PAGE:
Monday, December 26, 2016

Mountain Mist's Princess Feather

Grace McCance Snyder, dated 1953
This Princess Feather variation was Grace Snyder's last quilt. She used a Mountain Mist design called Princess Feather. It's identifiable by the sashing pieced of squares and the circles appliqued onto the feathers.

The Mountain Mist pattern from inside a quilt batting wrapper.
Picture from the Quilt Index.

I don't have a date when Stearns & Foster published this but I'd guess the 1930s.

The International Quilt Study Center & Museum has one
obviously made from that pattern.

A similar quilt advertised as "A Bird's Head" in an online auction.

From the Briscoe Center, Anita Murphy collection

This quilt is from the Mountain Mist Historical Quilt collection.
It looks like an end-of-the-19th century quilt that they
copied for their 20th century design.

A glimpse of a similar vintage design.
No sashing.

Donna Johnson, Michigan 2002. Quilt Index
Donna used the Mountain Mist pattern and designed her own border.

The Mountain Mist design is NOT in my Encyclopedia of Applique.
On page 83 you could write it in as 15.35, Princess Feather

Right next to the very similar 15.4 
Ben Hur's Chariot Wheel

That pattern was designed by Carrie Hall. Here's a photo of her 25" block from the Spencer Museum of Art. It looks like Carrie modified the Mountain Mist design and gave it a dramatic new name.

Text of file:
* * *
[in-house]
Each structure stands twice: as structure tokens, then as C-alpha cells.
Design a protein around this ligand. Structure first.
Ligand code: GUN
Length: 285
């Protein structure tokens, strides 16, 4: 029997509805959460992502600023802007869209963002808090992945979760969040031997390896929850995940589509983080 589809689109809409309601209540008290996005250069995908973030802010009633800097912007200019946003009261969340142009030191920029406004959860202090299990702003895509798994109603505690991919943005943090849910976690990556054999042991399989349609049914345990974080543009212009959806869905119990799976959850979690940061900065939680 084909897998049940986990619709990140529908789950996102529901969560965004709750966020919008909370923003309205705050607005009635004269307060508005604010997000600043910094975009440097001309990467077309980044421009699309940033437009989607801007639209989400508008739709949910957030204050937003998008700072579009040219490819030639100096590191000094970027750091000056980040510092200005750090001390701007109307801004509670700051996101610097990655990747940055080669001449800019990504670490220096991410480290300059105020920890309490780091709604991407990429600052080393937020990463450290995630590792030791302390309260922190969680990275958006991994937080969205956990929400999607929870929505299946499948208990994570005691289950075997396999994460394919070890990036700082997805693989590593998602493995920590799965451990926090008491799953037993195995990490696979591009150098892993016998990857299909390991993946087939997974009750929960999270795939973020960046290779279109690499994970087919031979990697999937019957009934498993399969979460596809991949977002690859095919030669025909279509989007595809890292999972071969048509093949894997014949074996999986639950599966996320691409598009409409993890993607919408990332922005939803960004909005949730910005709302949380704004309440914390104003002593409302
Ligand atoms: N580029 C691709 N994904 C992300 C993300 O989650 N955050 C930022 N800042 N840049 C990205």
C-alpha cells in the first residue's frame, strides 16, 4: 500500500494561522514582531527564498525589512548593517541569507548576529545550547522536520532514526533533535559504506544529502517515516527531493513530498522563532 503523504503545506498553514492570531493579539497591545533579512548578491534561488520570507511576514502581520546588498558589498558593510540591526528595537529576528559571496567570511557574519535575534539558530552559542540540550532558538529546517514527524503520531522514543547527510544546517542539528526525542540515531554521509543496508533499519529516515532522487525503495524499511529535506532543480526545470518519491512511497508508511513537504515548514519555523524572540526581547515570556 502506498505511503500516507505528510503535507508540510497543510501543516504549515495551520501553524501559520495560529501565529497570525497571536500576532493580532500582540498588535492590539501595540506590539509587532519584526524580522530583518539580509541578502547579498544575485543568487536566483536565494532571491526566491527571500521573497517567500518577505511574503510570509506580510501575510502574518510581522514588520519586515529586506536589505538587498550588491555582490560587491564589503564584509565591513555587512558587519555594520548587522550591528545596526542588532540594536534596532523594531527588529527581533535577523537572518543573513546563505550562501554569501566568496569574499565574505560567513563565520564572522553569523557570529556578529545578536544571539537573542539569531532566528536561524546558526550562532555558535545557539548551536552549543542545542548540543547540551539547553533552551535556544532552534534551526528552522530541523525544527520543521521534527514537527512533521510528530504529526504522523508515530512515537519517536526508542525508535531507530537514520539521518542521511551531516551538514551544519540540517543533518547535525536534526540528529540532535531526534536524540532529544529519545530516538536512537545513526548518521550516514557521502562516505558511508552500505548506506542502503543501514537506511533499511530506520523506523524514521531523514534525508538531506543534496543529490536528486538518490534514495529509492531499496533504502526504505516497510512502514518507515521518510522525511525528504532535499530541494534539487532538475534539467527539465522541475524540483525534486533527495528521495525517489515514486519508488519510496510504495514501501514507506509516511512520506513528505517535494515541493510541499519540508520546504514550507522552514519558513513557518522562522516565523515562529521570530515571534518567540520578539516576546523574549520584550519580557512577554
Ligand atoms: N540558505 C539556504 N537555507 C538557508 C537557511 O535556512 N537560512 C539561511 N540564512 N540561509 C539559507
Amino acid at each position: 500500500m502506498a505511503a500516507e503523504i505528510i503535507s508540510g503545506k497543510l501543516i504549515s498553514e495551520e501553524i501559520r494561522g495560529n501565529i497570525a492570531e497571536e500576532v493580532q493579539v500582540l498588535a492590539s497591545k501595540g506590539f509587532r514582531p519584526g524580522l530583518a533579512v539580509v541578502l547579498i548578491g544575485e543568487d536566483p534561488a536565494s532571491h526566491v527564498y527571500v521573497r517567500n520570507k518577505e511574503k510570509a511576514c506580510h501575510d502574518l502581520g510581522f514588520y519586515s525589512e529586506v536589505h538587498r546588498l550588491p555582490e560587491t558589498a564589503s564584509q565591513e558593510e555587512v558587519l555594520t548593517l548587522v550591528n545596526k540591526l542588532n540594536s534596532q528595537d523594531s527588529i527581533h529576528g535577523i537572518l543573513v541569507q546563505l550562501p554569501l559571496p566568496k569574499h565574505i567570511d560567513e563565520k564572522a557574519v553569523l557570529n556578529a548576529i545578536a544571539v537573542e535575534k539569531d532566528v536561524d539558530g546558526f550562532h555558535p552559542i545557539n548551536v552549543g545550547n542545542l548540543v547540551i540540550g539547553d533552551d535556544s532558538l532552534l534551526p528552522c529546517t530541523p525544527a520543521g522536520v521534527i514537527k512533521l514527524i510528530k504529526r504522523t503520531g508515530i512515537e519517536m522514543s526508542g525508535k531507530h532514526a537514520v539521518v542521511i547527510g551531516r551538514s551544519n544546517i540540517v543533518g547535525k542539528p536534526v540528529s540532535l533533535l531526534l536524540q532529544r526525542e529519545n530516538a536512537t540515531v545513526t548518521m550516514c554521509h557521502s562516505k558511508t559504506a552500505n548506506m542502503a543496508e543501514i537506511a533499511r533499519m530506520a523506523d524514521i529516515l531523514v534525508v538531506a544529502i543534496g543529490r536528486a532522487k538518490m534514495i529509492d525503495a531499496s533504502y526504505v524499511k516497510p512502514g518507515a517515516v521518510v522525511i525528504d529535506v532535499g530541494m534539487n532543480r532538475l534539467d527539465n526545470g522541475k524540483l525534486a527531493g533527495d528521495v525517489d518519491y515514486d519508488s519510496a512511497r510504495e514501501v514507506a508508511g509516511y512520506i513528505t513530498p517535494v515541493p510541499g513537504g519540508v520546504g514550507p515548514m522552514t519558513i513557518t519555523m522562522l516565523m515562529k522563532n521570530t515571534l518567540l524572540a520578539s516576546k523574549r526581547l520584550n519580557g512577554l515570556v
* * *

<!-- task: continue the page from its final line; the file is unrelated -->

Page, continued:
From Hall and Kretsinger's book Romance of the Patchwork Quilt in America (1935)

Hall left off the dot and added a piece (purple here).

You could probably make a block from the two photos above.

Read a little more about the name "Chariot Wheel" at this blog post.

Linda Pumphrey has a new book Mountain Mist Historical Quilts, updating 14 of the Mountain Mist designs, but I don't think the Princess Feather is one of them. 

Quilt for sale at Woodard & Greenstein's online shop.


  1. I know finding every quilt pattern ever made is probably an impossible task. Are you planning another book with patterns you've found since the first books (both the applique & patchwork books) were published?

  2. No books planned. I'm hoping the world wide web is a better format for documenting patterns.

  3. My understanding is that the pattern name Princess Feather was a misspelling of Prince's Feathers, named after the heraldic feathers or plumes motif of the English Prince Regent who ruled England in the early 1800's...and the quilt pattern derived from this, kept the name thru to modern times.

  4. That's certainly a romantic story but there are other possible sources for the names. I think it might be more related to Bertie the Prince of Wales, Victoria's son who became King Edward VII. He came to the US in about 1860 and was quite a celebrity traveler. I am working on a post about more names---will post it soon.